Update 4 June: The Canaries was the only autonomous region of Spain, apart from the autonomous cities of Ceuta and Melilla in north Africa, where unemployment went up in May, rising 0.28% from April’s figures, a further 538 people out of work. The number of unemployed in these islands now stands at 296,362. May’s increase is divided fairly equally between the provinces but again slightly worse for the eastern one: 229 in Santa Cruz de Tenerife, 309 in Las Palmas de Gran Canaria. The total unemployed in each province is 138,884 in the SCdT, and 157,478 in LPdGC.
Update 6 May: The figures in the previous post below were for the first quarter of 2013, i.e. up to the end of March. Now, April’s figures have been released and show it has gone up in the Canaries yet again, a further 1.42%, equating to 4.152 more people out of work, the largest rise of any of the Spanish autonomous regions.
Also up is the figure of those who are beyond the end of their help and in receipt of no income whatsoever. There are now a further 4,350 people in that situation, a total of 130,314 – that’s 130,314 people on no assistance at all. Nearly half – 44.68% – of the registered unemployed in the islands are without any income. How are these people supposed to live? It is worth noting, too, that Spain’s next budget has reduced the amount needed for unemployment benefit: the Government knows that there will be fewer people receiving paro as they fall off the end of their entitlement. The problem is that they’re not falling into a job.
Nationally, only the Canaries, the Comunidad Valenciana, and the Ceuta and Melilla enclaves in north Africa, saw rises. Throughout Spain, it fell ever so slightly, less than 1% on average, but at least a fall, and brings the national figure back under the psychological 5 million barrier … only just, though, at 4,989,193.
Update 25 April: On the day when Spain’s unemployment statistics nationwide were officially announced to have hit a new record high of 27.2%, equating to six million people out of work, Canarian figures themselves were released showing 17,200 more unemployed in the islands during the first quarter of 2013, leading to an awful rate of 34.27% here, a total of 385,600 people out of work. Only Andalusia with 36.87 % and Extremadura with 35.56 % have worse figures throughout Spain.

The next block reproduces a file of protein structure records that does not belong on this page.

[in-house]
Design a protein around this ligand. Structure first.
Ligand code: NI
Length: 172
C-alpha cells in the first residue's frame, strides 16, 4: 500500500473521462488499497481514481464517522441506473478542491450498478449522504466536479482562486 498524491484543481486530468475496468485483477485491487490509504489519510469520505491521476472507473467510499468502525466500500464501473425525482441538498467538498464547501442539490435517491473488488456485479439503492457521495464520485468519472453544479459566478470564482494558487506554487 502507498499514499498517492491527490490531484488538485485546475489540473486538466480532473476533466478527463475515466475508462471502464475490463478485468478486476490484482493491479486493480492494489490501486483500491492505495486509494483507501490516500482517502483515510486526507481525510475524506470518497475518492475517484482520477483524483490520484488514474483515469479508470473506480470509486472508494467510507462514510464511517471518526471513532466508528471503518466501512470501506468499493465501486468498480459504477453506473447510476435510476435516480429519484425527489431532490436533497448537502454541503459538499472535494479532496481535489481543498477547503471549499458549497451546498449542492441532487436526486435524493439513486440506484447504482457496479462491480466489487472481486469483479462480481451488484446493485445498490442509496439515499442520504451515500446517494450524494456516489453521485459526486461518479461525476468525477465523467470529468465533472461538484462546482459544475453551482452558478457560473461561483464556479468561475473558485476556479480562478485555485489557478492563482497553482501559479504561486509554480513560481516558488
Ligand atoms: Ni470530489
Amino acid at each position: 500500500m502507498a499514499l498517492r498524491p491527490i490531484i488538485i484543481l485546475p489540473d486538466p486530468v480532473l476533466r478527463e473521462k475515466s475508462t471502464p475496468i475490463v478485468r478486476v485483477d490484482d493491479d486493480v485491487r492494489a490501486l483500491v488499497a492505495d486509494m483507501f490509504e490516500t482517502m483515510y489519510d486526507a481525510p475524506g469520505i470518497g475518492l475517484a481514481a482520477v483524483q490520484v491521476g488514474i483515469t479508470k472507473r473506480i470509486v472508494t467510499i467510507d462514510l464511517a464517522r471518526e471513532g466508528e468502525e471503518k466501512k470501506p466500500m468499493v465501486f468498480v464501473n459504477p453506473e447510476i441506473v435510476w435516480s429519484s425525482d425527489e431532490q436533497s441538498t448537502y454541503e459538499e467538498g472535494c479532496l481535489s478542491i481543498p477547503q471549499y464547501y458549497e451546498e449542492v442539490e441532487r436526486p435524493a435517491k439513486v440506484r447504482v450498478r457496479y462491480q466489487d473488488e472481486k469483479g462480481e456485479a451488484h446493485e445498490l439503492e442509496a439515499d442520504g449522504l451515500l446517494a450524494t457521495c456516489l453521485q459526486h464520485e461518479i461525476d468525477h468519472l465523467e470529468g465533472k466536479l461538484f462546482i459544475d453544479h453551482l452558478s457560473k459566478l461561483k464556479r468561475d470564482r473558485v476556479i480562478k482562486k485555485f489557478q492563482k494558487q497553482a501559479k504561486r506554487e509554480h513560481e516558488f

Between the two Canarian provinces, Las Palmas has 209,100 unemployed, a rate of 35.24%, and Santa Cruz de Tenerife has 176,500, 33.18%. The regional statistics also show that two out of every three people out of work are now officially long-term unemployed: all 243,300 of these have been seeking work for more than a year. They also show that 118,000 households, 15% of the total, now have every single member out of work.
Update 4 March: And it has risen again. February’s figures released today show a further 1,957 people out of work in the Canaries, bringing the total unemployed in the islands to 291,474. The province of Santa Cruz de Tenerife (Tenerife, La Gomera, La Palma and El Hierro) suffered more than Las Palmas de Gran Canaria (Gran Canaria, Fuerteventura and Lanzarote): in SCT, 1,163 more people are unemployed than in January, bringing the total to 136,767, whereas in LPGC, the number rose by 794, bringing the eastern province’s unemployed up to 154,707.
Update 4 February 2013: Up and up it goes. According to figures released today by the Ministerio de Empleo y Seguridad Social, the number of unemployed registered in the Canaries has risen again, by 4,602 people out of work in January compared with December, a further rise of 1.6%. This brings the total of the unemployed in these islands to 289,517.
In Spain nationally, unemployment is now at a frightening 4,980,778.
Update 4 December: It seems that October’s fall in unemployment figures was a blip after all. November’s are now released, and show a further 1,212 out of work, leaving 289,032 unemployed in the islands as a whole. Of those, appallingly, around 124,000 are beyond the end of their unemployment benefit, and indeed beyond the end of any additional help whatsoever. The figures mean that 43.04% of the unemployed are without any income at all. Nearly half. In a civilized first world country. Which is why some are questioning whether Spain deserves those labels.
Update 6 November: October’s figures show that unemployment has gone down in the Canaries by nearly a thousand, the biggest fall nationally. Whilst it’s good news for the moment, the year on year figures show that we had 30,000 more unemployed here this October than last. Let’s hope it continues, and that it’s not just a blip.
Original post 26 October: On the day that unemployment figures announced for the Canaries show that it has gone up yet again, with a further 7,400 out of work – there are now 378,200 unemployed in the islands, a rate of 33.69% – this youtube video has gone viral. Just enjoy!